This post is in honor of Maurice Sendak who died on 8 May 2012 in Danbury, Connecticut at age 83.
Source: Frances W. Knowles Papers, #164, East Carolina Manuscript Collection
Staff Member: Ralph Scott
The Francis W. Knowles Papers consist of a diary scrapbook (1862-1865) written by Private Knowles while serving in Company B of the 36th Massachusetts Volunteers. The diary records the activities of Knowles, who was mainly a clerk, as he participated with the IX Corps at Fredericksburg (December, 1862), in the District of Indiana and Michigan (June-September, 1863), the Knoxville Campaign (November-December, 1863), the Wilderness campaign (May, 1864), the Spotsylvania Courthouse campaign (May, 1864), at Cold Harbor (June 3-4, 1864), and in the Petersburg campaign (June, 1864-April, 1865). This sketch from the Knowles scrapbook shows a long line of Confederate prisoners being led to a holding area at the headquarters of the 1st Division, 9th Corps Army of the Potomac on March 25th, 1865.
Source: University Archives Architectural Collection, 55-08-0043
Staff Person: Kacy Guill
The Austin Building was constructed in 1908 and 1909 and served for many years as the main classroom building and library at East Carolina Teachers Training School. The Austin Building also included the school’s administrative offices, including the president’s office, and an auditorium. The building was demolished in 1968 to make way for the Jenkins Fine Art Center.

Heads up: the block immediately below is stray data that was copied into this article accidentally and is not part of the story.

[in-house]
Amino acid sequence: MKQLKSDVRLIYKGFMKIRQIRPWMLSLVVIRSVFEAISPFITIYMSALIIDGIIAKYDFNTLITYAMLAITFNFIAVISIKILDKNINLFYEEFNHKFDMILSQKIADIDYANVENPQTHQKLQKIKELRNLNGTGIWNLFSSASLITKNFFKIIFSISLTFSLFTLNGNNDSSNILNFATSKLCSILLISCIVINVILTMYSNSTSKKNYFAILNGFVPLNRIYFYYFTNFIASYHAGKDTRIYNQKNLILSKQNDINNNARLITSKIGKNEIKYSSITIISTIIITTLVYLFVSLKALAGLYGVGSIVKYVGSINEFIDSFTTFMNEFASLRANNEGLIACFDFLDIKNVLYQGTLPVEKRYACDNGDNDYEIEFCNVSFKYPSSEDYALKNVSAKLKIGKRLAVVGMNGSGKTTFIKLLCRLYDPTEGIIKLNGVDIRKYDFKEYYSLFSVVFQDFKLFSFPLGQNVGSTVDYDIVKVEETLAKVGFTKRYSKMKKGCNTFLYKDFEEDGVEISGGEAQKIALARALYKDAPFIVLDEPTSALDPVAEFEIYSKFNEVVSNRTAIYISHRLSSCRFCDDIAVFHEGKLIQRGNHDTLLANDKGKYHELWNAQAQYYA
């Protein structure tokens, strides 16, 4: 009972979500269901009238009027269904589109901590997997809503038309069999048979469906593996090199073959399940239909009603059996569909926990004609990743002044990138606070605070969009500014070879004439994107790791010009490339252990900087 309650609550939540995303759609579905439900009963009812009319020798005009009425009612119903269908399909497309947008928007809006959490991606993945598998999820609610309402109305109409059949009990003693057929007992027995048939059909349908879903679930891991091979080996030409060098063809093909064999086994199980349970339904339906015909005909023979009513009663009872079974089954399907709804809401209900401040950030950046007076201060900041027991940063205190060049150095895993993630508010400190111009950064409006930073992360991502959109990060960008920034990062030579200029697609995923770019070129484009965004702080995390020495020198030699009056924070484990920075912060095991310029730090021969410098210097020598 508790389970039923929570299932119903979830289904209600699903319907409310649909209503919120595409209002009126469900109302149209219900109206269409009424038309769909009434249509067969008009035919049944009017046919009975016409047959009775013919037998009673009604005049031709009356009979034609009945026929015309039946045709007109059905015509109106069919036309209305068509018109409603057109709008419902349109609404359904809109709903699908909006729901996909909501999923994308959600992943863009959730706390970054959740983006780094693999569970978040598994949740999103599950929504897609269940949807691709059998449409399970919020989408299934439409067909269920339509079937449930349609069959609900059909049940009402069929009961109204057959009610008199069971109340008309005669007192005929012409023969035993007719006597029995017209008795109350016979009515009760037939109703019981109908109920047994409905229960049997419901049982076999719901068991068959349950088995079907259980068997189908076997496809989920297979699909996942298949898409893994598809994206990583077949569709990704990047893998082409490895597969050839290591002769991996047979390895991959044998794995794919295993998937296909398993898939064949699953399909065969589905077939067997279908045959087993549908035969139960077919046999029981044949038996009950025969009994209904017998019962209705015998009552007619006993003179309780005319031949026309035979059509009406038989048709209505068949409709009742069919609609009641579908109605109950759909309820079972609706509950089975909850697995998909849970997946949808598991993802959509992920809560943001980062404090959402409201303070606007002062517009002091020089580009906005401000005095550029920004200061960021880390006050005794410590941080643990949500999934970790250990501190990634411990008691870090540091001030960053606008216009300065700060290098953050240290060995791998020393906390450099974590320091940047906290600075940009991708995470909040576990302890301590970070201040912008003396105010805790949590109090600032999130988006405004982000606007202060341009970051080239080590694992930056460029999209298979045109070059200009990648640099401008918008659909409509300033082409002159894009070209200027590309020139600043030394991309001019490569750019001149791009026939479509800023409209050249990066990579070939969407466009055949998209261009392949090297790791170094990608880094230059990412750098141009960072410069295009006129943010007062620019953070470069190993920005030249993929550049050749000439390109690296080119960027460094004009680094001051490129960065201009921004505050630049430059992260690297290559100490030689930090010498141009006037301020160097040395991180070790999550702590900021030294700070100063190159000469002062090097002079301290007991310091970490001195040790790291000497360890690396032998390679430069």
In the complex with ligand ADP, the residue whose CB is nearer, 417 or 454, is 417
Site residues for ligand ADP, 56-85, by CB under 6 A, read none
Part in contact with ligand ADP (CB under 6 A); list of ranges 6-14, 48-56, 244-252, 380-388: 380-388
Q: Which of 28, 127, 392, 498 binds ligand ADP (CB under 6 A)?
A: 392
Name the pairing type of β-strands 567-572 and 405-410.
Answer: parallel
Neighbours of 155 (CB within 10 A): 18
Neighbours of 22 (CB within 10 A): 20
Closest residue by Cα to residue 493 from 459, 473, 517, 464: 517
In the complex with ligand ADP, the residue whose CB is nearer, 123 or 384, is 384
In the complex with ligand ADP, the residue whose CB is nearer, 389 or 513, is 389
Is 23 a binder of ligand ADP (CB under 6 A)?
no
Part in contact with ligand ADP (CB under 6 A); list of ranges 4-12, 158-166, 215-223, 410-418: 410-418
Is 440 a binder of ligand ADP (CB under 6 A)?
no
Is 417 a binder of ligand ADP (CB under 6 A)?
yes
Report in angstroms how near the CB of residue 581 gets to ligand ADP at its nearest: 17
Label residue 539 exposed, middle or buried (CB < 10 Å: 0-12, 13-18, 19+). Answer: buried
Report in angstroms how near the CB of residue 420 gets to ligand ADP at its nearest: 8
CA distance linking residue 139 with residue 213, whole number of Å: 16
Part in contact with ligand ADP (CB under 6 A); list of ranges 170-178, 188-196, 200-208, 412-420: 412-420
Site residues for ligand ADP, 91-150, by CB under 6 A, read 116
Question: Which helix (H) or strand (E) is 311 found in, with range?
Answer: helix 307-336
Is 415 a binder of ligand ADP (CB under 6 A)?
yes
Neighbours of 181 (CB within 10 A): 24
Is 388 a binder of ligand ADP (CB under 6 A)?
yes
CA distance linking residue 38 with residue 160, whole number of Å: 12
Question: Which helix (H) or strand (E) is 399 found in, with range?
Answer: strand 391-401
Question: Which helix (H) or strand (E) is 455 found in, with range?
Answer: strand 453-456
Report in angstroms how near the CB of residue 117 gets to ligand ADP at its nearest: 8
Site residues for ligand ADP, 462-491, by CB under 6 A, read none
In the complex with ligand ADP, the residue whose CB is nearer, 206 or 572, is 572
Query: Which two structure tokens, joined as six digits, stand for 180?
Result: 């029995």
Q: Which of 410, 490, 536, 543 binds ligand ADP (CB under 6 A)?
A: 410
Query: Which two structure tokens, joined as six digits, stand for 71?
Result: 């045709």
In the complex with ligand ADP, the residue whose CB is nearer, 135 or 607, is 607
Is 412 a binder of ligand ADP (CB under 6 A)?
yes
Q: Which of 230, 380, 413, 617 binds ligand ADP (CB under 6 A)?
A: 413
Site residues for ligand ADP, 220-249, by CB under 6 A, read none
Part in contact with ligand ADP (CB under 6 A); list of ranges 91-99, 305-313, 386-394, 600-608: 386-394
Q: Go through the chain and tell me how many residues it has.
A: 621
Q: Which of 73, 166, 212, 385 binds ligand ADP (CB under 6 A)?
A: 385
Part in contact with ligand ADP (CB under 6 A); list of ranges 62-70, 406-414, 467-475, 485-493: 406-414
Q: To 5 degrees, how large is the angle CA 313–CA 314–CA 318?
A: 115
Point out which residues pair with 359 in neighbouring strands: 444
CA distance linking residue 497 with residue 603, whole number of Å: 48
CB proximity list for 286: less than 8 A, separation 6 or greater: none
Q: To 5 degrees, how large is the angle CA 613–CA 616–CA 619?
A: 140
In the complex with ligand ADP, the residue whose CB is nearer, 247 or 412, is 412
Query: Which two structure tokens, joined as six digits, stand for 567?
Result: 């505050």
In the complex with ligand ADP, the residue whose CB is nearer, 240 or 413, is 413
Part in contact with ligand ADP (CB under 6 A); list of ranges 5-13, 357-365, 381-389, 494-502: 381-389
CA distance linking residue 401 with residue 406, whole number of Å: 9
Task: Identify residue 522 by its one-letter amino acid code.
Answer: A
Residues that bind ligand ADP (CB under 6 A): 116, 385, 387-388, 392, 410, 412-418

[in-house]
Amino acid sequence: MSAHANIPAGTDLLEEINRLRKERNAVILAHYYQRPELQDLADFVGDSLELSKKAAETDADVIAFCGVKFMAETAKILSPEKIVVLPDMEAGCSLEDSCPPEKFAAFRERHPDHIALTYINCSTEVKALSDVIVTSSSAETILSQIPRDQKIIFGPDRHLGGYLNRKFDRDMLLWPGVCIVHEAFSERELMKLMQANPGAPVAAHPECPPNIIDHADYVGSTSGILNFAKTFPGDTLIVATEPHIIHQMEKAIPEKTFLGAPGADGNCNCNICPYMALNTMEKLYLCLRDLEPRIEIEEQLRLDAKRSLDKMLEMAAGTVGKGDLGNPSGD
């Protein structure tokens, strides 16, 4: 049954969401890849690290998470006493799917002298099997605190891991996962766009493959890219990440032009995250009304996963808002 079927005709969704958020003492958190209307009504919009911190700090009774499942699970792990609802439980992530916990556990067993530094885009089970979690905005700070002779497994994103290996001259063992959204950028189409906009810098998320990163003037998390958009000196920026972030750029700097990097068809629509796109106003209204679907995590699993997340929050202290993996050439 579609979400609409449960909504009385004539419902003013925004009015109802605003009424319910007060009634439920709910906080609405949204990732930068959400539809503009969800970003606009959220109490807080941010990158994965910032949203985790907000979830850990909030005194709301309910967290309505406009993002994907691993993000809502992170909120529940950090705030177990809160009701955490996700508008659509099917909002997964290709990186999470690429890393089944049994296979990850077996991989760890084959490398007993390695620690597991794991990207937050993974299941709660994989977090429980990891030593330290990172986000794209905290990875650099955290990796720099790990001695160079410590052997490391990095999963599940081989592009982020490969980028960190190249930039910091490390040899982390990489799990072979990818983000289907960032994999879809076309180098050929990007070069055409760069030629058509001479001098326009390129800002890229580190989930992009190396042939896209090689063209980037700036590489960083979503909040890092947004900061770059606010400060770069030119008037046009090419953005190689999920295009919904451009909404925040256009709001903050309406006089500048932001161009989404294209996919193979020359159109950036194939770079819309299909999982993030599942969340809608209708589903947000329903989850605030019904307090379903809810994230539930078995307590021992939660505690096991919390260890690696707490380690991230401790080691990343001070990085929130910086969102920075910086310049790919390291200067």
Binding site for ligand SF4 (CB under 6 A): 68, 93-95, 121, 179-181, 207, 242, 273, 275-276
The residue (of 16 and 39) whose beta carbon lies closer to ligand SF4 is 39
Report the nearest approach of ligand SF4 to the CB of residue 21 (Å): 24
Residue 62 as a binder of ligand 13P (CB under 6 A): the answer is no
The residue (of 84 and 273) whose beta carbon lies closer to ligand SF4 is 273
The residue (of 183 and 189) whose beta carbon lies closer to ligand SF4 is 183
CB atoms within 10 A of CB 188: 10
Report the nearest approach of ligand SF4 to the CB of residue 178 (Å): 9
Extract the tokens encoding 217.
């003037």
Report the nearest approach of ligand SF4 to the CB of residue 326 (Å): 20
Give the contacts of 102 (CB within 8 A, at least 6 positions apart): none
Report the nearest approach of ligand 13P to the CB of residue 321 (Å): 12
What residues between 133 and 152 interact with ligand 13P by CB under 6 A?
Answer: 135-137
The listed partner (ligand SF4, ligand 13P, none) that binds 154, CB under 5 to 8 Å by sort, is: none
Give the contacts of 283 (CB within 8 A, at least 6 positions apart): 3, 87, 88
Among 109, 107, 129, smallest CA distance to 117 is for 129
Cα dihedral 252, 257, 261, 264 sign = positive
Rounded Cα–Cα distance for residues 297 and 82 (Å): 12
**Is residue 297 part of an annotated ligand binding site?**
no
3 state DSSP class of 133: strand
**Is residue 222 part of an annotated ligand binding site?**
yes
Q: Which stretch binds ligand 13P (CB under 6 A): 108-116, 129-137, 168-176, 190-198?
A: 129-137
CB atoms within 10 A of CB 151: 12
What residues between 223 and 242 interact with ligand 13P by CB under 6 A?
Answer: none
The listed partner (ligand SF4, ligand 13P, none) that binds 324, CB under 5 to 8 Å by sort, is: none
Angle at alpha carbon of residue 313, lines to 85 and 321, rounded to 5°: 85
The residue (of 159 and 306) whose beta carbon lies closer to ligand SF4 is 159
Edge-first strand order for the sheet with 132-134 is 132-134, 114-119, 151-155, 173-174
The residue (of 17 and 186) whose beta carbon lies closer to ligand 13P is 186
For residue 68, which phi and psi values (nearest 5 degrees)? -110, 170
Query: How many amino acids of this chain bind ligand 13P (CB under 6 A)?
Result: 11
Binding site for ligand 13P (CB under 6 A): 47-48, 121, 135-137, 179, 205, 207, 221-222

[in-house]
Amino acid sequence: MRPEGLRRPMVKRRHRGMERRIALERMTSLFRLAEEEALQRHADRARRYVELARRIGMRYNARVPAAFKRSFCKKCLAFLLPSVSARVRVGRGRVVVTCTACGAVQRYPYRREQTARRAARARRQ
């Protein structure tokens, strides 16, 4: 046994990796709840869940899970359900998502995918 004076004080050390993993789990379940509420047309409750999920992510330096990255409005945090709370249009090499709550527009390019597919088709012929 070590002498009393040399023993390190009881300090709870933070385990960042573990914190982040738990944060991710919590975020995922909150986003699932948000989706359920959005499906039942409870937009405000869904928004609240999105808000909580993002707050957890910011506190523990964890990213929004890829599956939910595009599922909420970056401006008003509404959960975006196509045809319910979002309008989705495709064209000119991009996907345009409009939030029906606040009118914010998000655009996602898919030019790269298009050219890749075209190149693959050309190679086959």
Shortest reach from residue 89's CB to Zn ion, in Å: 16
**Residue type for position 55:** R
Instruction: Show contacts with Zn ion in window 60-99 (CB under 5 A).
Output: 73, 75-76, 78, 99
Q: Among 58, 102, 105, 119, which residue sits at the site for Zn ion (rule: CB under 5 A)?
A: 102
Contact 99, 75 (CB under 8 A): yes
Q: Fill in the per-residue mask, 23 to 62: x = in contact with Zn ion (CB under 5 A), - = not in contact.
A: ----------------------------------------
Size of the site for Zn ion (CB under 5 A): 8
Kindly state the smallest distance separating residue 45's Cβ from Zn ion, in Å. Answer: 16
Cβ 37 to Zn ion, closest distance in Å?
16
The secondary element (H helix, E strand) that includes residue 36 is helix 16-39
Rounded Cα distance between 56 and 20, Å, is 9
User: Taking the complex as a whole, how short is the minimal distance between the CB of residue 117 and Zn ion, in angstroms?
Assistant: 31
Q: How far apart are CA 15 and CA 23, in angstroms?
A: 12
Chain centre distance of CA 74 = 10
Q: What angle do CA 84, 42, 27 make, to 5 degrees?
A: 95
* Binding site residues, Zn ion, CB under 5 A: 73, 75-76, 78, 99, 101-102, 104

The plan of the first floor of the Austin Building dates before 1914 when an east wing was added. A west wing was added in 1922.
George Willcox McIver Papers Manuscript Collection #251)
George Willcox McIver was born on December 22, 1858, at Carthage, N.C., and died in 1947 at the age of eighty-nine. He was the son of Alexander McIver, a noted North Carolina educator, and Mary Ann Willcox. McIver was appointed to West Point in 1877 and graduated with the class of 1882. Upon graduation, he began a military career of forty years of active service including duty in the United States, Alaska, Cuba, France, and the Philippine Islands.
Before U.S. intervention in World War I, McIver was promoted to Brigadier General and took command of the 161st Brigade of the 81st (Wild Cat) Division which trained at Camp Jackson and Camp Sevier, South Carolina. This unit became incorporated into the American Expeditionary Force and participated in the Meuse-Argonne offensive. From 1919 until his retirement in 1922, McIver was stationed at Fort Pike, Arkansas, and Fort Slocum, New York.
The image below entitled “Relation of Training School to College” is an original design drawing for an illustration that appeared in The Training School issue of the East Carolina Teachers College Bulletin Vol. 30, No. 4 (August 1939). The design expressed the Wahl-Coates Training School’s philosophy of teacher education. The ink on cardboard design shows the Training School students and their pupils at the center of a radiating circle of educational levels including student teaching, child study and psychology courses, courses in education, and subject matter courses.
The Training School was an elementary school that provided student teaching opportunities for E.C.T.C. education students. It was located on the campus of East Carolina University until 1972, when the university and the city of Greenville built Wahl-Coates Public School on Fifth Street. Originally established as the Model School in 1922, the institution was renamed the Training School when it moved into a new building in 1928 (now the Messick Theatre Arts Center). In 1959, the school received its present name, Wahl-Coates, created in honor of Miss Dora Coates and Miss Frances Wahl, two former teachers and supervisors of the school during its formative years.